Scott Rudin Dragged Into Plagiarism Battle Over Film He's Not Making

The Girls Cover - Publicity - P 2016
Courtesy of Penguin Random House

The Girls Cover - Publicity - P 2016

A 79-page complaint was filed on Wednesday in California federal court. The subject of this lawsuit is Emma Cline's best-selling novel, The Girls, as well as the supposed movie version that is forthcoming. The plaintiffs are represented by the prominent law firm of Boies Schiller Flexner, and with talk of spyware and hacking, it's hardly the typical kind of lawsuit alleging plagiarism. 

One problem: Scott Rudin Productions is a co-defendant in the case. The lawsuit asserts on information and belief that the production company (whose past hits include No Country for Old Men, The Truman Show and The Social Network) is currently making a film of Cline's novel. The plaintiffs demand an injunction. However, Rudin doesn't even own rights anymore to The Girls.

Time will tell if that's the only potential fault of a lawsuit that has begun to command a great deal of media attention not only because it involves a fairly amazing story of a literary romance gone spectacularly badly, but also due to the involvement and actions of a law firm still on the defensive from the Harvey Weinstein scandal.

One of the plaintiffs in the case is Chaz Reetz-Laiolo, a writer who was romantically involved and living with Cline in Berkeley, California, about seven years ago. The story of their relationship is complicated, but what's most essential for purposes of the litigation is that Reetz-Laiolo began using Cline's computer, which had been installed with keystroke-logging software. Allegedly, Cline used this to capture online passwords used by Reetz-Laiolo as well as two other individuals. It's further claimed in the lawsuit that she began reading his private emails plus more while also utilizing another online program to conceal her activity.

Eventually, the hefty complaint gets to allegation that The Girls, a coming-of-age tale about a young woman's confrontation with counterculture, was at least partly derived from Reetz-Laiolo's own work, including a draft film script titled All Sea.

"Cline used her secret, unlawful access to Reetz-Laiolo's computer and email account to steal numerous distinctive passages and phrases, scenes and scenic elements, sentence structures and other creative expressions from his published and unpublished written work," states the complaint. "Those stolen creative expressions were included into the draft of The Girls she ultimately sold to Random House and Scott Rudin Productions. She plagiarized some of these passages from writings that were publicly available or that he had shared with her. But she perpetrated her most critical theft of his writing three core, chronologically ordered scenes in the draft of The Girls by breaking into his Gmail and Yahoo accounts and/or remotely accessing his computer with the Refog spyware."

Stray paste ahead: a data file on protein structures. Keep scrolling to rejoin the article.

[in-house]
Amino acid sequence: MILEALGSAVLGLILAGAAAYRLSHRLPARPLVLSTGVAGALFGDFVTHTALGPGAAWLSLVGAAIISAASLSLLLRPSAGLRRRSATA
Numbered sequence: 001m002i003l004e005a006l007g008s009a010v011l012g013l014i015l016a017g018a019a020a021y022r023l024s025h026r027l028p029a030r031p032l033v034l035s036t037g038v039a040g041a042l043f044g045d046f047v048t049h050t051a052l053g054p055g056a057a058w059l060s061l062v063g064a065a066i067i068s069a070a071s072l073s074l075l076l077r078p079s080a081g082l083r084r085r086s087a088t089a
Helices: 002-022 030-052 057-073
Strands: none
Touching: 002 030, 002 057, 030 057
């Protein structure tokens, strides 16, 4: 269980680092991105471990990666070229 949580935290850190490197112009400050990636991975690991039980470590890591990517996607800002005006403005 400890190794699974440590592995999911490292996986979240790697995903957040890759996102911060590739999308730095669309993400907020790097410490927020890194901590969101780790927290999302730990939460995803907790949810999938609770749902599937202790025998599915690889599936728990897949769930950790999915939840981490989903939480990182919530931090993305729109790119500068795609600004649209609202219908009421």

The same day Cline was sued, she filed a dueling lawsuit against Reetz-Laiolo and portrayed the events differently.

According to her, before their relationship, she had had already written stories that formed the "conceptual seeds" of The Girls and finished her novel some time after the two had broken up. During the relationship, Cline says Reetz-Laiolo was asked to read drafts for input and that the two had exchanged work with each other.

Cline also alleges that Reetz-Laiolo was "habitually unfaithful" to her and that his behavior "turned violent and abusive." She says he routinely read her email, text messages, Facebook messages and personal journal, and that in an effort to protect herself from him, she installed a free "keylogger" program. Later, Reetz-Laiolo bought Cline's computer, although both sides disagree on whether Cline ever attempted to wipe the hard drive clean and whether her alleged spying continued after the computer was sold and the two broke up.

The fact that spyware seemingly remained on the computer plus a later forensic analysis help to explain the beefy nature of Reetz-Laiolo' complaint, at least in regards to claims of wiretapping, invasion of privacy and violation of the Computer Fraud and Abuse Act. Those are probably the most serious claims. Cline's complaint characterizes the privacy beef as "long-stale" and part of an attempt "to leverage this trove of personal data as a weapon to shame and falsely accuse Cline," with The New Yorker adding that an early draft of his complaint had a section titled "Cline's History of Manipulating Older Men," with David Boies himself attached as the lawyer involved.